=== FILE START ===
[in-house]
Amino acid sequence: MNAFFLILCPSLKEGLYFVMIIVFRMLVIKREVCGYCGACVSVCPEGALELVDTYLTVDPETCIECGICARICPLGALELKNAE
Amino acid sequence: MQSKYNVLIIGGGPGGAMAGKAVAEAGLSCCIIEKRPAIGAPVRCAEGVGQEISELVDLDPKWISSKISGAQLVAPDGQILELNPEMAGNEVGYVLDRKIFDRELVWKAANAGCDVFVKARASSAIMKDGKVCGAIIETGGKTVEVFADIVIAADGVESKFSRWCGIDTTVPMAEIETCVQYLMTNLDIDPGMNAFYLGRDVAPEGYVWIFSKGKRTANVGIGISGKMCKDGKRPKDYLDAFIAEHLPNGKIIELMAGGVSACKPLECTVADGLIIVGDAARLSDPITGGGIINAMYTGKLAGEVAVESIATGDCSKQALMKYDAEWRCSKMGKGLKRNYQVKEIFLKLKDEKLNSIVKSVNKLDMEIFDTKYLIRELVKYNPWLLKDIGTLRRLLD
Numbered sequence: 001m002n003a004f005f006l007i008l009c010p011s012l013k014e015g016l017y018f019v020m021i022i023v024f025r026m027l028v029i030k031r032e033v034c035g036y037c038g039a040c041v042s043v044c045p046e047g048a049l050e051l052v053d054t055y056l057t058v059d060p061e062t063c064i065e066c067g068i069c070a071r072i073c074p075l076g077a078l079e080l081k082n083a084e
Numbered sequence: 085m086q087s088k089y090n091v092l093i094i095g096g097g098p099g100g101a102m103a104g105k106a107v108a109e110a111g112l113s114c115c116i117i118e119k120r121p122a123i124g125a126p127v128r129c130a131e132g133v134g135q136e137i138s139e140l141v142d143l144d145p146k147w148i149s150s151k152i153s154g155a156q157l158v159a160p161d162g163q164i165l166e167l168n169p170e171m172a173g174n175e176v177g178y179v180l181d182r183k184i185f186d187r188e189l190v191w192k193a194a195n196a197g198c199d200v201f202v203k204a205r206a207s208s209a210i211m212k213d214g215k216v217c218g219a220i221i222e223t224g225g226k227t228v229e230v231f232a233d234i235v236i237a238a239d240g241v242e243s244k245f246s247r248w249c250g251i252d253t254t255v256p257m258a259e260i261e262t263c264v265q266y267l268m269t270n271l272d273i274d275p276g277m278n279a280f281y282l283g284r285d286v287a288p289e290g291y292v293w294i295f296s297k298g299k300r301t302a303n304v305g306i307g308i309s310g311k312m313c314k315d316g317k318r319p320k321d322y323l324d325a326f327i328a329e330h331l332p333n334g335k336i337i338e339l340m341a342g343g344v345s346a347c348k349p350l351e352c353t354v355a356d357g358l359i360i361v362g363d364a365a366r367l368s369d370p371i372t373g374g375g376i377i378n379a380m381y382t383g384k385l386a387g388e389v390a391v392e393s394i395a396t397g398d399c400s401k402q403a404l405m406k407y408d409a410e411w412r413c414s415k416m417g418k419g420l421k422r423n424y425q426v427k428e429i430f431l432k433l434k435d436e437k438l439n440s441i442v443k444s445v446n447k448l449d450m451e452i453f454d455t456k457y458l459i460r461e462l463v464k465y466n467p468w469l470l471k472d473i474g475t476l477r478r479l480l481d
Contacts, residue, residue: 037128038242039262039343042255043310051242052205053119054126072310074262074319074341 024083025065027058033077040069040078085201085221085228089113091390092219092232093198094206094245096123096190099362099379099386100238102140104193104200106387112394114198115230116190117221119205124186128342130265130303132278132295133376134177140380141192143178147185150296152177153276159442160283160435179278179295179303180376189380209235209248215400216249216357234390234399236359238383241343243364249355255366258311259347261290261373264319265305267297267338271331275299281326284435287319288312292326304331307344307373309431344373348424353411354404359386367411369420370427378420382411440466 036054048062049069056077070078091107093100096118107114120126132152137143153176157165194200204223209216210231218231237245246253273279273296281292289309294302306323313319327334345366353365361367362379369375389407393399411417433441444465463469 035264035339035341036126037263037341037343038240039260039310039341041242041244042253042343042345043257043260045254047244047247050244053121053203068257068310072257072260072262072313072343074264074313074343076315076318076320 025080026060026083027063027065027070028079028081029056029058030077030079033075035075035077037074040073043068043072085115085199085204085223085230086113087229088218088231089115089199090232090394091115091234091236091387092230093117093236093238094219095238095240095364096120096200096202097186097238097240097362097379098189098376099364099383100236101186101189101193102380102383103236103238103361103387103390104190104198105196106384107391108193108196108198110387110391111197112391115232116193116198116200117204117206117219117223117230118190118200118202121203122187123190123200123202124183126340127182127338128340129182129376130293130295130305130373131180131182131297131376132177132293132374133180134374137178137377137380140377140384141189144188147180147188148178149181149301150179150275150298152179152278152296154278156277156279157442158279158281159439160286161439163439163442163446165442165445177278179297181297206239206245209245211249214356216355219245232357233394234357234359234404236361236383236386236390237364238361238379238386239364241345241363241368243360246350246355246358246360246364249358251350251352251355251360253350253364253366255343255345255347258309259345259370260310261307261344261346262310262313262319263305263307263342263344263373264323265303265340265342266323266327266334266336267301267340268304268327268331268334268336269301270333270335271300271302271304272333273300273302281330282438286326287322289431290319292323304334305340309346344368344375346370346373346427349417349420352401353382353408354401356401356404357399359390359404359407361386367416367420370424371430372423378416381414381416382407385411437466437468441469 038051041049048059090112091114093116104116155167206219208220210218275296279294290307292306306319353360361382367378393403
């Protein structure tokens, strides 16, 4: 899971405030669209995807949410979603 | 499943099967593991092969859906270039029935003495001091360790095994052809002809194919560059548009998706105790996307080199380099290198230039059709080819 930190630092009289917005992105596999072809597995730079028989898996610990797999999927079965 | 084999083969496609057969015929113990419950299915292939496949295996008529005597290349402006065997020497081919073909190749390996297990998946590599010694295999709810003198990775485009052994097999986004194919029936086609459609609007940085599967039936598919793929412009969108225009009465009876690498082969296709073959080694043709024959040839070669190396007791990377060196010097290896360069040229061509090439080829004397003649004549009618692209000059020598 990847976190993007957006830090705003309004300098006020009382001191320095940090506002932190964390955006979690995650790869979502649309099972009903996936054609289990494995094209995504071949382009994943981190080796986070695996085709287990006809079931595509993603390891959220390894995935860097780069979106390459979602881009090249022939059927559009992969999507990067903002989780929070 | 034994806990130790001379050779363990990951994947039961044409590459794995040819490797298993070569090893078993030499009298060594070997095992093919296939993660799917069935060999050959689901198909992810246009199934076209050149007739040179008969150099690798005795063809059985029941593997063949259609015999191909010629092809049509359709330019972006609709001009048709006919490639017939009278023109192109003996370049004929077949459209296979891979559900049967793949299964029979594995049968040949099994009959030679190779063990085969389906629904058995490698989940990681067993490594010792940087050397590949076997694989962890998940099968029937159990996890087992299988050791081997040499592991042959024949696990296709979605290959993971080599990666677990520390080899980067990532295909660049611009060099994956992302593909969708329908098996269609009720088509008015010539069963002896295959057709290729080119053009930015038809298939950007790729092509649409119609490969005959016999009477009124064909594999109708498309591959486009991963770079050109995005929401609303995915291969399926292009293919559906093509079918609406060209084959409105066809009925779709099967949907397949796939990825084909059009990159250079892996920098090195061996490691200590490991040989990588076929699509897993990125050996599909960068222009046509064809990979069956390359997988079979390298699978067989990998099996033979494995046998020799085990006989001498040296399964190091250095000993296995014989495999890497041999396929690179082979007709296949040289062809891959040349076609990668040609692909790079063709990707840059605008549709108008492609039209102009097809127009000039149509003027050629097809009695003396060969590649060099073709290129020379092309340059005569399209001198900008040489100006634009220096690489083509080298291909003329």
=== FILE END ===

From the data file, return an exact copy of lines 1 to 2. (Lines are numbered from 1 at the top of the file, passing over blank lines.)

[in-house]
Amino acid sequence: MNAFFLILCPSLKEGLYFVMIIVFRMLVIKREVCGYCGACVSVCPEGALELVDTYLTVDPETCIECGICARICPLGALELKNAE